By J P Cortez
In 1850, French economist Frédéric Bastiat published an essay that is misunderstood, or more often, unread, titled, “That Which is Seen, and That Which is Not Seen.” Bastiat brilliantly introduced the idea of opportunity cost and, through the parable of the broken window, illustrated the destructive effects of unintended consequences.
Unfortunately, because of misplaced belief in government benevolence, even the most powerful and successful members of the American citizenry often miss the point.
According to Reuters, Ramin Arani, a co-portfolio manager of the $25 billion Fidelity Puritan fund, said while discussing his current bullish stance of gold, “In terms of unpredictability, there is a tail risk with this administration that did not exist with the prior…There is a small but present possibility that government action is going to lead to unintended consequences.”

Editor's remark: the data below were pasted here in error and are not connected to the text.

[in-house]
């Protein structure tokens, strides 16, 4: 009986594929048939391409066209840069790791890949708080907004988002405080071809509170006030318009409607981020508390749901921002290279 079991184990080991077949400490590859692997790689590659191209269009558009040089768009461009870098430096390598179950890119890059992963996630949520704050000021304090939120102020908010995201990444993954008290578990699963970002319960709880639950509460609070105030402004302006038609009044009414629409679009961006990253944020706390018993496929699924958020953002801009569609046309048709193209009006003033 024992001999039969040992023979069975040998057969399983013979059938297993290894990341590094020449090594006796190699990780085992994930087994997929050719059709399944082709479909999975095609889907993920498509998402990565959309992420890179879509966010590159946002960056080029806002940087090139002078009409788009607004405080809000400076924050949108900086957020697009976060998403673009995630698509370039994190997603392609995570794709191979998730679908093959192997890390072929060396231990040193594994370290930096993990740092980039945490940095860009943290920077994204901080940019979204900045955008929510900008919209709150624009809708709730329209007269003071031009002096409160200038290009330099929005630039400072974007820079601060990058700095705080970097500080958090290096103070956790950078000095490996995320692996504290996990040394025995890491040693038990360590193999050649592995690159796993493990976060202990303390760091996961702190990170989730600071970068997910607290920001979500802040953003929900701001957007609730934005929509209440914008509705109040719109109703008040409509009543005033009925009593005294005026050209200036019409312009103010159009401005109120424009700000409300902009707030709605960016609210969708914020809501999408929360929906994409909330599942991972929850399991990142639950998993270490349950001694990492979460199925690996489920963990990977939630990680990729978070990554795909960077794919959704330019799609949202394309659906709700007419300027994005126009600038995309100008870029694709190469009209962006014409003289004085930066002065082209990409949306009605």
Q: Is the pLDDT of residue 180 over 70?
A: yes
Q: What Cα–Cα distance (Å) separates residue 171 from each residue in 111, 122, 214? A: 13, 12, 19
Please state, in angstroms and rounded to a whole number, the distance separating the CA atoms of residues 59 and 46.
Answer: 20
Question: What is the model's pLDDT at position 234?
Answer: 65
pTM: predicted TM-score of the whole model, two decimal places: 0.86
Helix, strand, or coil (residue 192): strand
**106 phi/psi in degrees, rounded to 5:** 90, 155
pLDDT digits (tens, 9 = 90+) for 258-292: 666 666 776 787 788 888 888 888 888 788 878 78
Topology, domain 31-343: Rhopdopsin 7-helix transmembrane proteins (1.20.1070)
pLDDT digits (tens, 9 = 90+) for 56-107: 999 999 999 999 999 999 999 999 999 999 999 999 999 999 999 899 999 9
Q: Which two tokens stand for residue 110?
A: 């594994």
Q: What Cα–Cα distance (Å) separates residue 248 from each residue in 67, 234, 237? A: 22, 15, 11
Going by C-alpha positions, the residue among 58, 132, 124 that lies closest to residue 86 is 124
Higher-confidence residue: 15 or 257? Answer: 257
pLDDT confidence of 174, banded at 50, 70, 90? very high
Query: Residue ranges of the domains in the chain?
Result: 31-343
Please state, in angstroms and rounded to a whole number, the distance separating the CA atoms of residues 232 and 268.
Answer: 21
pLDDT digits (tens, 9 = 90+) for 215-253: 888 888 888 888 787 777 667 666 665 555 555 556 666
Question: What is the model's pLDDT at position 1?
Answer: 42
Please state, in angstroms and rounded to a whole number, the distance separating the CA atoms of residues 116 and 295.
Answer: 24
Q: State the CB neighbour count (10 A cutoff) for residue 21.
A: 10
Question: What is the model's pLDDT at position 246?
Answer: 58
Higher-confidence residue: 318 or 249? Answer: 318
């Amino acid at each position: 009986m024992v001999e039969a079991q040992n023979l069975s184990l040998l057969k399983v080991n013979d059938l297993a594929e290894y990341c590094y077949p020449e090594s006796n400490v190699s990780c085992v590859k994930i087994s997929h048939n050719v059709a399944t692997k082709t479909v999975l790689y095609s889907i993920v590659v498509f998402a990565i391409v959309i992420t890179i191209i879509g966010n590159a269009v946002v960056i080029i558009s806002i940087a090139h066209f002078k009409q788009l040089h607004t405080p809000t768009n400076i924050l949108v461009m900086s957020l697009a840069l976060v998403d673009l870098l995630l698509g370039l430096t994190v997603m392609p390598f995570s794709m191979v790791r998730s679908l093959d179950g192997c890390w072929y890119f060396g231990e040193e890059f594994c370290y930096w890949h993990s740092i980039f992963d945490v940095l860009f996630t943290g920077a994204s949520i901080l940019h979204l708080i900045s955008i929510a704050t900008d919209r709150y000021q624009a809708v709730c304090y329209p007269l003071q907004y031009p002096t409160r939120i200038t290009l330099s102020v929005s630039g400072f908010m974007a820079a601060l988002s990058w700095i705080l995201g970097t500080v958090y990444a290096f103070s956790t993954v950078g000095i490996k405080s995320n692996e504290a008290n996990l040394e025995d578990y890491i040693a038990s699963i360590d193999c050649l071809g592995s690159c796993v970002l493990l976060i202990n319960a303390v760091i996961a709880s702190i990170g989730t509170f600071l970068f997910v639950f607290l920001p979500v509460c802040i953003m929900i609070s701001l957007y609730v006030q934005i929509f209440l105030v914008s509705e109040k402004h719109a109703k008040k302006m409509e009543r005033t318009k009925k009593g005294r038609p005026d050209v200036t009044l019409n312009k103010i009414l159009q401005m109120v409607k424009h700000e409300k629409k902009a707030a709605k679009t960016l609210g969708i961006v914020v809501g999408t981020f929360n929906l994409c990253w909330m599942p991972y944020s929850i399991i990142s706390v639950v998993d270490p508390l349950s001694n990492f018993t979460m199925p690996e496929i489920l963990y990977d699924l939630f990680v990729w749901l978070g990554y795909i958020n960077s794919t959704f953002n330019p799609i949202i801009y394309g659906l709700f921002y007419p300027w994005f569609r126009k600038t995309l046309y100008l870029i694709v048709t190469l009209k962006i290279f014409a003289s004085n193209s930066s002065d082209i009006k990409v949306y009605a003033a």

Arani’s overall bullish stance on gold is sound. Given the political climate, gold is an attractive “insurance” for equity exposure. The problem doesn’t lie in his financial analysis, but rather in the seemingly innocuous comment that followed.
“There is a small but present possibility that government action is going to lead to unintended consequences.”
To suggest the chances of unintended consequences are merely “small” is extremely naïve.
Notwithstanding myriad examples of government action leading to unintended consequences, including, but certainly not limited to, minimum wage laws, rent control, social security, and the disastrous war on drugs, there are countless examples of unintended consequences brought on by government action that should resonate with a multi-billion-dollar portfolio manager. Yet they seem to have fallen on deaf ears.